Foothills area may be more receptive to annexation
A few years ago, residents of the Foothills area wouldn't have even considered being annexed by the city of Yuma, but it's beginning to sound much more appealing as they face a possible 188 percent in their sewer rates from the private provider of the service.
And even if the new rate is based instead on the Arizona Corporation Commission's suggested 156-percent hike, residents of the densely populated unincorporated area east of Yuma would still be paying $55.70 a month to Far West Water and Sewer for sewer services.
In contrast, city of Yuma residents pay $32.48 a month for the service.
The subject of the Foothills either incorporating or seeking annexation into the city has been explored for about a year by the Foothills Fire and Rescue Committee, formed several years ago in an effort to address concerns about fire protection and emergency services.
With Far West's recent request for a big jump in sewer rates, the idea is gaining urgency as witnessed by an overflowing crowd at a meeting by the committee this week to gauge public interest.
It was standing room only in the meeting room at the Foothills Branch Library, with an estimated 75 additional people in the hallway straining to hear the discussion.
“We talked about incorporating and being annexed,” said Bob Tallman, who led the meeting. “There were three sides of the fence: those who want to do nothing, those who want to incorporate and those who want to annex.”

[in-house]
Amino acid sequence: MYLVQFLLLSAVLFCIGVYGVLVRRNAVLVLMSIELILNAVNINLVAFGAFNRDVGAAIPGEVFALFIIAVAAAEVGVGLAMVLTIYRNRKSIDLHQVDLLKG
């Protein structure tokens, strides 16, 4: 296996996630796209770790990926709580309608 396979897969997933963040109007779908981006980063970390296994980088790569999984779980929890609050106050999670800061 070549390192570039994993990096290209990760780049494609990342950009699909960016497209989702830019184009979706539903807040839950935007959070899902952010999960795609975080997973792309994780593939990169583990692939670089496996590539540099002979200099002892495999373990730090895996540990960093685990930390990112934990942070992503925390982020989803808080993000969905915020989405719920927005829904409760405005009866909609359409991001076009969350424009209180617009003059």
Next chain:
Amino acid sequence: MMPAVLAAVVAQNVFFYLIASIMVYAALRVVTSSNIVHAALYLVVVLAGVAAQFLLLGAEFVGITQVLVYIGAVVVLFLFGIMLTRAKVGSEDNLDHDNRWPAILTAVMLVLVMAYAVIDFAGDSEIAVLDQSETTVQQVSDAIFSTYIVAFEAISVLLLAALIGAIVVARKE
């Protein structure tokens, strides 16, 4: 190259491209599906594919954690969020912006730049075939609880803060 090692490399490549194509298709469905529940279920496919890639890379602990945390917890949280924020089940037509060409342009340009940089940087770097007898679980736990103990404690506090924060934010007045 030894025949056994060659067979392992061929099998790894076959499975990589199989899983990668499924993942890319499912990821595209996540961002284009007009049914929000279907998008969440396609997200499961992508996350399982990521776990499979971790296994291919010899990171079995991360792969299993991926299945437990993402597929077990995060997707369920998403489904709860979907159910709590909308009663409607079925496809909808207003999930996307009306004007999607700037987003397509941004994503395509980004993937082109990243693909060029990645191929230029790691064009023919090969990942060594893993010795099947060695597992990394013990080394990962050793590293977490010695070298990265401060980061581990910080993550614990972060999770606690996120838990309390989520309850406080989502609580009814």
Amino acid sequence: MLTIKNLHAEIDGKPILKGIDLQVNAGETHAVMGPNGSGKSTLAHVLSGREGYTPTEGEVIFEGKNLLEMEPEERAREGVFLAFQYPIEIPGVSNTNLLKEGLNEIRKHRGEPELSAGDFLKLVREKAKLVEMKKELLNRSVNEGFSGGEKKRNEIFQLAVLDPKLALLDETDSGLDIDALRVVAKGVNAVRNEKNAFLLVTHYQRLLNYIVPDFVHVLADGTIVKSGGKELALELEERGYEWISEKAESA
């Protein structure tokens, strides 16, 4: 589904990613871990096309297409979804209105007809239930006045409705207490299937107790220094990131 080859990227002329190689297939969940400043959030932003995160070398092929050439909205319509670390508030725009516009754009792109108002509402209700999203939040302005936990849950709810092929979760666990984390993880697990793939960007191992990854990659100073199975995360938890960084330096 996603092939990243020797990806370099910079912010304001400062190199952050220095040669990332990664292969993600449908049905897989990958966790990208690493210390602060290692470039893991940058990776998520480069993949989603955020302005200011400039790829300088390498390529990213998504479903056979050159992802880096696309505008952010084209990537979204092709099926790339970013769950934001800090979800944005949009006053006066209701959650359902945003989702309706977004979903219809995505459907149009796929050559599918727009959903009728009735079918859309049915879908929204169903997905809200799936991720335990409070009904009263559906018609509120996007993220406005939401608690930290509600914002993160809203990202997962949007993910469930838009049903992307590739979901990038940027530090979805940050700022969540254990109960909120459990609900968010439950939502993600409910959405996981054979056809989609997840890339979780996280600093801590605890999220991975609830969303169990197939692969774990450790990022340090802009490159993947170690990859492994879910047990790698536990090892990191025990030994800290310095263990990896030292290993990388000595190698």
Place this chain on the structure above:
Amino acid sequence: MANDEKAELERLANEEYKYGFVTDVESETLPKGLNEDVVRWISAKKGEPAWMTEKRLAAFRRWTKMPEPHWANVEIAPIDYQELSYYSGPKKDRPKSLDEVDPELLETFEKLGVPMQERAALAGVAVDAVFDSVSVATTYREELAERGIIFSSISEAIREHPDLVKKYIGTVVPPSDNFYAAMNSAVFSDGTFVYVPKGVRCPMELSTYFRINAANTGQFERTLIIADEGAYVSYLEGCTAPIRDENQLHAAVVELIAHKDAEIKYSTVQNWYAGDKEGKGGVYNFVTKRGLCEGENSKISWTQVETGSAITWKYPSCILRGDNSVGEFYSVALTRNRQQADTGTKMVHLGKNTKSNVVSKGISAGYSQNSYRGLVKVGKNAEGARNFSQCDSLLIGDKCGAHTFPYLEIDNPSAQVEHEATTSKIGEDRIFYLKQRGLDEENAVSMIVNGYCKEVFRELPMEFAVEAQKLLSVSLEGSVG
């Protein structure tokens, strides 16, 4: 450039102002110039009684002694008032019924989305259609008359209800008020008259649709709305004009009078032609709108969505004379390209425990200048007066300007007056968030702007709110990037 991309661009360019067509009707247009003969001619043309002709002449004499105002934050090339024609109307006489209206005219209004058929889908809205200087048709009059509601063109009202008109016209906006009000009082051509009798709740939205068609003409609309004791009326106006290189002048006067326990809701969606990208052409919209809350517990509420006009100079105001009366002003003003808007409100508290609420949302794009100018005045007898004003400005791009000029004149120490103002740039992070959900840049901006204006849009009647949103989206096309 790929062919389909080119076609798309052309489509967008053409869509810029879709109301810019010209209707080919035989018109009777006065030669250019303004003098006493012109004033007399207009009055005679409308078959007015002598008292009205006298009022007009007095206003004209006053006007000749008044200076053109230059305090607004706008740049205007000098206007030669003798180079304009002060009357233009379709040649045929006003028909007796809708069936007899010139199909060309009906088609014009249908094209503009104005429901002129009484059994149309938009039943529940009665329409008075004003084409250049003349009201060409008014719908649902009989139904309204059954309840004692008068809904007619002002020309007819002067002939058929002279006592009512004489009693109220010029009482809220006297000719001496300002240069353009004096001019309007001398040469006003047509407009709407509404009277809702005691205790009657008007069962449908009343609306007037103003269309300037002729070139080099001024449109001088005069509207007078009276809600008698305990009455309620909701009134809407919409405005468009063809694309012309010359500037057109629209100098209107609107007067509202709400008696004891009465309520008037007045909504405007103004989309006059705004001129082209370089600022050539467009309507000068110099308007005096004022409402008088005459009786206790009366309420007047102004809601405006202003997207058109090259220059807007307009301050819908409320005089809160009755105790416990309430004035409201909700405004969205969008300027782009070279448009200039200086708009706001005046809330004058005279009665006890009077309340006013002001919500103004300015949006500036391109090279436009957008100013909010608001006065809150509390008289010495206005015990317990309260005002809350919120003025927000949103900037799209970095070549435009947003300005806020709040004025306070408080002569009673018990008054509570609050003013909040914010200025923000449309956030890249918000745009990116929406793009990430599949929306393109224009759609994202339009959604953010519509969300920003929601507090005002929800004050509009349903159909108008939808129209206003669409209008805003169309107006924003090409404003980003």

But in the end, there was agreement that people want to continue the discussion — in a bigger location. A followup meeting will be held in the next couple of weeks with the date and location still to be determined.
Wednesday's meeting was attended by Yuma City Administrator Greg Wilkinson, Yuma County Supervisor Russ Clark and Gary August of Rural/Metro Fire and Ambulance. A representative for Far West was invited but did not attend.
Wilkinson said he stressed to the Foothills residents that the city would not force annexation on them — they would have to request it and the city would then consider it.
However, he said, he came away from the meeting with the impression people were “overwhelmingly in favor of annexation. A few years ago they didn't want anything to do with the city. I think there's been a significant change in attitude toward annexation. They have concerns about infrastructure and lack of urban services.”
Tallman noted there's actually been improvement in the committee's initial concerns about fire and emergency services. At one time, the committee had tried to form a fire district but the proposal was turned down by the Yuma County Board of Supervisors.
Last fall, the committee met with Rural/Metro, Tallman said, and fire and emergency services “no longer are a big bone of contention.”
Furthermore, he said, “people are happy with police protection” that is provided by the Yuma County Sheriff's Office.
The Foothills Fire and Rescue Committee has also met with a representative from the Arizona League of Cities and Towns to discuss the pros and cons of incorporating, or forming a legal self-governing body. Benefits would include eligibility for shared revenue and the ability to form special districts to provide for various services, Tallman said.
The catch is that by state law, an area within six miles of an existing city would need that city's OK to incorporate. Yuma's eastern city limit is right at the edge of the area defined as the Foothills.